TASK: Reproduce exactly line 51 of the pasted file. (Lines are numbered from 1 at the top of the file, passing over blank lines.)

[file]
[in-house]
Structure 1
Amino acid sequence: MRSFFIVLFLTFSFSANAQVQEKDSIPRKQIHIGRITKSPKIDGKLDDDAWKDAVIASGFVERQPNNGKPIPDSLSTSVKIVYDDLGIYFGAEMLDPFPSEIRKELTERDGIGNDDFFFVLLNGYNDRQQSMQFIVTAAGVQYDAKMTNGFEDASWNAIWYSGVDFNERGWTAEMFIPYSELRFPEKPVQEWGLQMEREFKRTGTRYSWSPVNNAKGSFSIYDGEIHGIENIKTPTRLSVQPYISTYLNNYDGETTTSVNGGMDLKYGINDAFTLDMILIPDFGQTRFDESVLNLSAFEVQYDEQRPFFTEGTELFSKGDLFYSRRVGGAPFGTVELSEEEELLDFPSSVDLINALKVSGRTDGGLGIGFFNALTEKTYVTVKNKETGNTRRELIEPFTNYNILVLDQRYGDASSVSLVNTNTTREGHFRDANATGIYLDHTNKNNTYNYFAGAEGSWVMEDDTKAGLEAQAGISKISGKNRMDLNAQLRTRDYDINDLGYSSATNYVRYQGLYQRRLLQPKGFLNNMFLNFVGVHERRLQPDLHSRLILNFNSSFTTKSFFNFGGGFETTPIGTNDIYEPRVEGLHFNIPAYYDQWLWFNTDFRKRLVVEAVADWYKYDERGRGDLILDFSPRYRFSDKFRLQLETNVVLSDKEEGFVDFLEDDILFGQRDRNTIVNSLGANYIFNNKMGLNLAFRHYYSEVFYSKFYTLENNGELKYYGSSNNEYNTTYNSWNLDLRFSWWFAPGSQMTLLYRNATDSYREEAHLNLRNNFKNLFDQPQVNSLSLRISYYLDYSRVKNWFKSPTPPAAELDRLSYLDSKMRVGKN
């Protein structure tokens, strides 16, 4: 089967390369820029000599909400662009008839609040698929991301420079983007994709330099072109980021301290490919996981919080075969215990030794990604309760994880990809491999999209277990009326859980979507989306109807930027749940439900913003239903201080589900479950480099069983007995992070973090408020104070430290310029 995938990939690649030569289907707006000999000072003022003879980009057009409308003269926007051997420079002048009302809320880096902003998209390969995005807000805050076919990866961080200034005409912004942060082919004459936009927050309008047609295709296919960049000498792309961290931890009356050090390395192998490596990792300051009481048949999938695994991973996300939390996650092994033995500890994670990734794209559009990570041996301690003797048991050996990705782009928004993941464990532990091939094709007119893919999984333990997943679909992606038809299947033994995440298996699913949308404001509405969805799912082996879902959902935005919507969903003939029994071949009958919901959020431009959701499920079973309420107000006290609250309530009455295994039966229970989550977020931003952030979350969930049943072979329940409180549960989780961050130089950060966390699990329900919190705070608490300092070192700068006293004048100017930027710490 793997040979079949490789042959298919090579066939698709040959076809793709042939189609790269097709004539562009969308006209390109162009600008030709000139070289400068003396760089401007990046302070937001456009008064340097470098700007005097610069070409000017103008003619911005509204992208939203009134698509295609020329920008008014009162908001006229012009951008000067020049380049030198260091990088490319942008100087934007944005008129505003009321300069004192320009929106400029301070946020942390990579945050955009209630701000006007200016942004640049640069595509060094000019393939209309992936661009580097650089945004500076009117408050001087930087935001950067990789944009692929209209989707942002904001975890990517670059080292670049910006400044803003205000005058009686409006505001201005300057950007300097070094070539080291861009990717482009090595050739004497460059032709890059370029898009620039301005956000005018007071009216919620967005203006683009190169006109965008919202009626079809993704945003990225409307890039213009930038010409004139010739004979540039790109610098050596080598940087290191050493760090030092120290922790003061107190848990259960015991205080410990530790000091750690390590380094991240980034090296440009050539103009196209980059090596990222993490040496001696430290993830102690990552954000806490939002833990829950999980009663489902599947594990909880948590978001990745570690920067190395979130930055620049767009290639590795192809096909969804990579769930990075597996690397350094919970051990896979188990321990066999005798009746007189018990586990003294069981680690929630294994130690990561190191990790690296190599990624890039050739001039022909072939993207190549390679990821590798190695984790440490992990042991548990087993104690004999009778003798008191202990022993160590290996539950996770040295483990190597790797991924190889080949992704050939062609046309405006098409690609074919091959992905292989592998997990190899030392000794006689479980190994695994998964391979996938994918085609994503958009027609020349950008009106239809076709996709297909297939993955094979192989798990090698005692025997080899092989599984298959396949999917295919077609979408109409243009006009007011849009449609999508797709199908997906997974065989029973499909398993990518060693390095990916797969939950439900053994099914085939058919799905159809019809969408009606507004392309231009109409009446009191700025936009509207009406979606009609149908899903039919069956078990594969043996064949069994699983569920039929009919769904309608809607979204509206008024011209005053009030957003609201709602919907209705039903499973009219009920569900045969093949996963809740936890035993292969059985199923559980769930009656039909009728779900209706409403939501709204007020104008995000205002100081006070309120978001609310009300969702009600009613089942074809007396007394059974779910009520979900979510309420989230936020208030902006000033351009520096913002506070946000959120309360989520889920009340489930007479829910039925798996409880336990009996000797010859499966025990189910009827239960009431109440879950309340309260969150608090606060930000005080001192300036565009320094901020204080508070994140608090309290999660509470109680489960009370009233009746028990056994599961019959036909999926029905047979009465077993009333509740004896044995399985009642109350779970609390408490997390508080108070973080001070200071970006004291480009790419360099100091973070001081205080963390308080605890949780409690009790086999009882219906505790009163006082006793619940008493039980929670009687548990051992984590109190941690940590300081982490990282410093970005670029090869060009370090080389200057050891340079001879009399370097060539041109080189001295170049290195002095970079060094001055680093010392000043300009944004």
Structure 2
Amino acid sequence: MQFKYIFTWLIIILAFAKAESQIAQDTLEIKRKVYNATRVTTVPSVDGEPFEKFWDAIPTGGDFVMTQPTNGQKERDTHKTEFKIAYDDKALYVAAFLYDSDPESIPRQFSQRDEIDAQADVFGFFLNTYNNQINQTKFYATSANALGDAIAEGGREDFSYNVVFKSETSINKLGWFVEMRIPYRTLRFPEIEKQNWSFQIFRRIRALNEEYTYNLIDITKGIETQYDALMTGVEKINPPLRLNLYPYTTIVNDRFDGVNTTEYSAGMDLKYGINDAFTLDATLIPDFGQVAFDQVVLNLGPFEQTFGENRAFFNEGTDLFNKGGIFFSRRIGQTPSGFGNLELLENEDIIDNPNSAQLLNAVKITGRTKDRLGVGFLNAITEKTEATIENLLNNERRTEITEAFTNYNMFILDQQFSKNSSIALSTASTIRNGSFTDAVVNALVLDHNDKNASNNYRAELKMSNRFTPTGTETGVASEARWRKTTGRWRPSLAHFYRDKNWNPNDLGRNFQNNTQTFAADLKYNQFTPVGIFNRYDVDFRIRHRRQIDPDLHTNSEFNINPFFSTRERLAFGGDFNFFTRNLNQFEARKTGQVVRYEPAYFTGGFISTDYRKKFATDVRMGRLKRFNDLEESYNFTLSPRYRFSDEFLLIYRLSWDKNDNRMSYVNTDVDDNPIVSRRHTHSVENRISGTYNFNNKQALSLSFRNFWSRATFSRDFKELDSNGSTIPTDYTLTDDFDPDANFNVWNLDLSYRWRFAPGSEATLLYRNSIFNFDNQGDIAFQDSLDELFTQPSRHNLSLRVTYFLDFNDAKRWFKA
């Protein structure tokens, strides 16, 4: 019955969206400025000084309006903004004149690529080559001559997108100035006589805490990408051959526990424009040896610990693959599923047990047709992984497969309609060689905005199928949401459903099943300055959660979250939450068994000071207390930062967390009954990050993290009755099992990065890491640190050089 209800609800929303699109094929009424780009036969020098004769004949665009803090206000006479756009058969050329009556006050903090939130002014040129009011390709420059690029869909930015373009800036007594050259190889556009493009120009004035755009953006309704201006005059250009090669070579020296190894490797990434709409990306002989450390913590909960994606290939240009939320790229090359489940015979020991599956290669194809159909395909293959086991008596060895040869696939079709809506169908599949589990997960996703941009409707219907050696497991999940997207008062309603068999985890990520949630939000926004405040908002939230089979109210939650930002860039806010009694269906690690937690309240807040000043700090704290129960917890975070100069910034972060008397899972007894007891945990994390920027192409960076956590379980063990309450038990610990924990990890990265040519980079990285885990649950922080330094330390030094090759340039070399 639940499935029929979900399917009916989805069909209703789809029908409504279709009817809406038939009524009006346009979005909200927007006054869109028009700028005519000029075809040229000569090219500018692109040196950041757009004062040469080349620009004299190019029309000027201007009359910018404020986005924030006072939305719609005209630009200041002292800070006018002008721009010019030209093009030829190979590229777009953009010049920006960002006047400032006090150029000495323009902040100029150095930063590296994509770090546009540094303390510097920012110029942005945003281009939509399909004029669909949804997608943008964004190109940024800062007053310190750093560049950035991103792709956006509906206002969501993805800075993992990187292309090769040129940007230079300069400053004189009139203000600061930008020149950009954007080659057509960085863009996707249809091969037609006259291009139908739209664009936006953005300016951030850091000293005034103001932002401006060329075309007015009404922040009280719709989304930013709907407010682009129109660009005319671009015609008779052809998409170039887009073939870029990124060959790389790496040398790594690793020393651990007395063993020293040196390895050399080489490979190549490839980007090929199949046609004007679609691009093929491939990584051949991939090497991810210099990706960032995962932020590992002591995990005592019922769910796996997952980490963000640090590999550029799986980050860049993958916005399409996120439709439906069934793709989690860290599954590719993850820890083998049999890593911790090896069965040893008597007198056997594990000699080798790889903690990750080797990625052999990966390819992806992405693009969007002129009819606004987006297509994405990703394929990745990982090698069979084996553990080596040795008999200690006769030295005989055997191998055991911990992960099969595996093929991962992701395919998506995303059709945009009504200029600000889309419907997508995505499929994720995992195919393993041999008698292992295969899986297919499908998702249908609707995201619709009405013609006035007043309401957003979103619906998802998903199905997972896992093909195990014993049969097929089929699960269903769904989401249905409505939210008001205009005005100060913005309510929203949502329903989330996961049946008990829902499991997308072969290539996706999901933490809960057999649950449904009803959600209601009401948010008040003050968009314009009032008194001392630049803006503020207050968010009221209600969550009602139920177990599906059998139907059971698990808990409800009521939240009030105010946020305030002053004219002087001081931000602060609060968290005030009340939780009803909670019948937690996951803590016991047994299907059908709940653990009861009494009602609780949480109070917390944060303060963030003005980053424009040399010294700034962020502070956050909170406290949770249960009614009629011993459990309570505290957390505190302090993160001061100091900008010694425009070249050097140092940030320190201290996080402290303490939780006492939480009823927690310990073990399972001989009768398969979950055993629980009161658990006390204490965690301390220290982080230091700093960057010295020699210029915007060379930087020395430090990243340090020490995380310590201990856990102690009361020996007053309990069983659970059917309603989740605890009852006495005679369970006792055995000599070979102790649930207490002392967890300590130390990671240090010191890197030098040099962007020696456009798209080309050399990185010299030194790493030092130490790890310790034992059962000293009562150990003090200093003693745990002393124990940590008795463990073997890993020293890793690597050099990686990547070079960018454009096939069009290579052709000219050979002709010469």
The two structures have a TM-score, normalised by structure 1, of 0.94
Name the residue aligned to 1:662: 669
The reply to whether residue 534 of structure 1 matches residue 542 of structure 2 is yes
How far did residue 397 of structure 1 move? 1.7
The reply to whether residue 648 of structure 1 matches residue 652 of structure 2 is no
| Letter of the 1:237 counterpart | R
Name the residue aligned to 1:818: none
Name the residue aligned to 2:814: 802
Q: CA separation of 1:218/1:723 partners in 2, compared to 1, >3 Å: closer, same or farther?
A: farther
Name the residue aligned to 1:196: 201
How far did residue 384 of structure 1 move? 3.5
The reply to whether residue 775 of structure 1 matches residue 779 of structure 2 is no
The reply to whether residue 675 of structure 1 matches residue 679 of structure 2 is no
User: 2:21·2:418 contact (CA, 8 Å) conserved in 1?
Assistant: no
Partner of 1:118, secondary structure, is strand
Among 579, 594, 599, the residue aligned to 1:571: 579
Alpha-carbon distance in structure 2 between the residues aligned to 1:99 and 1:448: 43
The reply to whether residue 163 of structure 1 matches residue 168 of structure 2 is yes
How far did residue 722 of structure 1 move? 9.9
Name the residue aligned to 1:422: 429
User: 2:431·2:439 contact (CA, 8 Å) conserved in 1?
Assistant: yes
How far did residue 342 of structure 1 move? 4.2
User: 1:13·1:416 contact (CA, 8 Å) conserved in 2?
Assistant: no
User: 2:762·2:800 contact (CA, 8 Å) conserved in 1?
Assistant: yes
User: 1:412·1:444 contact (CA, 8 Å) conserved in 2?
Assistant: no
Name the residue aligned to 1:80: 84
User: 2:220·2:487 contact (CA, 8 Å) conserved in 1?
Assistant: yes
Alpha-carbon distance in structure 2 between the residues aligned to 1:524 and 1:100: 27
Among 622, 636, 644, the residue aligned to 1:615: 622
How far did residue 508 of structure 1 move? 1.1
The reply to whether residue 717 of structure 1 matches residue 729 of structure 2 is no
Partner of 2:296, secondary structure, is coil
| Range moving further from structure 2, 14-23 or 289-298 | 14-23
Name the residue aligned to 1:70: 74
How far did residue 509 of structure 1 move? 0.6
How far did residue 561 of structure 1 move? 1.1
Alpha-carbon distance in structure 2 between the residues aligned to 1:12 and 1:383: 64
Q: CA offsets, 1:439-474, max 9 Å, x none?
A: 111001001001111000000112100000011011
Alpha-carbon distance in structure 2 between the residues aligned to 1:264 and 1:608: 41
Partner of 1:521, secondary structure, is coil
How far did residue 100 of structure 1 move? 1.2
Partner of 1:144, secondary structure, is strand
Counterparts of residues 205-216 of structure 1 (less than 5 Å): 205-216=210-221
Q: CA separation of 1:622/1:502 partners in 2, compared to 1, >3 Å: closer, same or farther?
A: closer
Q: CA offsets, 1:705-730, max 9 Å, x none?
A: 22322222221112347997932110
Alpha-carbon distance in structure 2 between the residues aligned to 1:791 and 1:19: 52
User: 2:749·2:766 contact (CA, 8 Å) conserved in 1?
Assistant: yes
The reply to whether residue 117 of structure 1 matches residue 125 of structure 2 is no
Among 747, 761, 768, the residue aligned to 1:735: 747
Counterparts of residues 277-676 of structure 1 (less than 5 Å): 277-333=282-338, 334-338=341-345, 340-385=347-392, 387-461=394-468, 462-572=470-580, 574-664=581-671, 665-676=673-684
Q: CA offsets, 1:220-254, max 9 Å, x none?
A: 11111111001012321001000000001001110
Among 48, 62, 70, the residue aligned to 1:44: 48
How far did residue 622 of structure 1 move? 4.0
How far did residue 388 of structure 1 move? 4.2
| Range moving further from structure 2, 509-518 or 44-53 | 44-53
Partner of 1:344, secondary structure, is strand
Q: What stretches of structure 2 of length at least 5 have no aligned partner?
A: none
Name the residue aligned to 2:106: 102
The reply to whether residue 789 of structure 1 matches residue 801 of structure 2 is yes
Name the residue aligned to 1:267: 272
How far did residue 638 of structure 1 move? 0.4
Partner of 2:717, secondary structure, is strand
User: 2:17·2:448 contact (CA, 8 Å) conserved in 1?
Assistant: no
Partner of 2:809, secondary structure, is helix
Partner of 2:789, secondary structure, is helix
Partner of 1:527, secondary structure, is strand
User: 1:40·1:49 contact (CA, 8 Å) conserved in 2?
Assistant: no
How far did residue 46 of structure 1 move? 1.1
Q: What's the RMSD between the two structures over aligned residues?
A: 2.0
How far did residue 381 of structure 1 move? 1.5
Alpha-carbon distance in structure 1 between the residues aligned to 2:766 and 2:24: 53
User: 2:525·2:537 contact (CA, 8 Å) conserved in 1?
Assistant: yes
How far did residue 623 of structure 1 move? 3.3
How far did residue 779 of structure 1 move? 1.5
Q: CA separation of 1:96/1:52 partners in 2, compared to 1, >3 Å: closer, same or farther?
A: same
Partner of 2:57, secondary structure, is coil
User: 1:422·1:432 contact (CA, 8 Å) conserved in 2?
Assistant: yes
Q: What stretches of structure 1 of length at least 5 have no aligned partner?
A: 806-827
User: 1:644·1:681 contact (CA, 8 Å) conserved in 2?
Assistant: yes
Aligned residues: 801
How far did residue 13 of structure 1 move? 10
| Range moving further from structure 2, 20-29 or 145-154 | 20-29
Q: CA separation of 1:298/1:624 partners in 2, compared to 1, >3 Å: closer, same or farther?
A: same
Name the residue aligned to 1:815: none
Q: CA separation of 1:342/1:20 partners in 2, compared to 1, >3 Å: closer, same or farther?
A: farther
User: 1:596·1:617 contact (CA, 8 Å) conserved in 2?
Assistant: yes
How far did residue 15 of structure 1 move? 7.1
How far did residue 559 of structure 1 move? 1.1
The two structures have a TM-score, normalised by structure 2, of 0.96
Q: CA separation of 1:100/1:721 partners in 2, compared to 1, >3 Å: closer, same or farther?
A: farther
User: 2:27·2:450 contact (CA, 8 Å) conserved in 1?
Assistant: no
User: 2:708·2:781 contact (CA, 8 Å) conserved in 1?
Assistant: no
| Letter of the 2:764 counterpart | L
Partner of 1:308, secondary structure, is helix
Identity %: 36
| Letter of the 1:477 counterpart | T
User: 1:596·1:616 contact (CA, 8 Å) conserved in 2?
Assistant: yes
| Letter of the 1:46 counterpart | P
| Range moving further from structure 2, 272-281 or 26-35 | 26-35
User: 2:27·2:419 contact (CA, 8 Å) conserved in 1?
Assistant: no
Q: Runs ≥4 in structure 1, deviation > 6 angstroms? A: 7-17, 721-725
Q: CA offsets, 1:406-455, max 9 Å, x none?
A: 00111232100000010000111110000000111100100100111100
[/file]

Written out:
Alpha-carbon distance in structure 2 between the residues aligned to 1:12 and 1:383: 64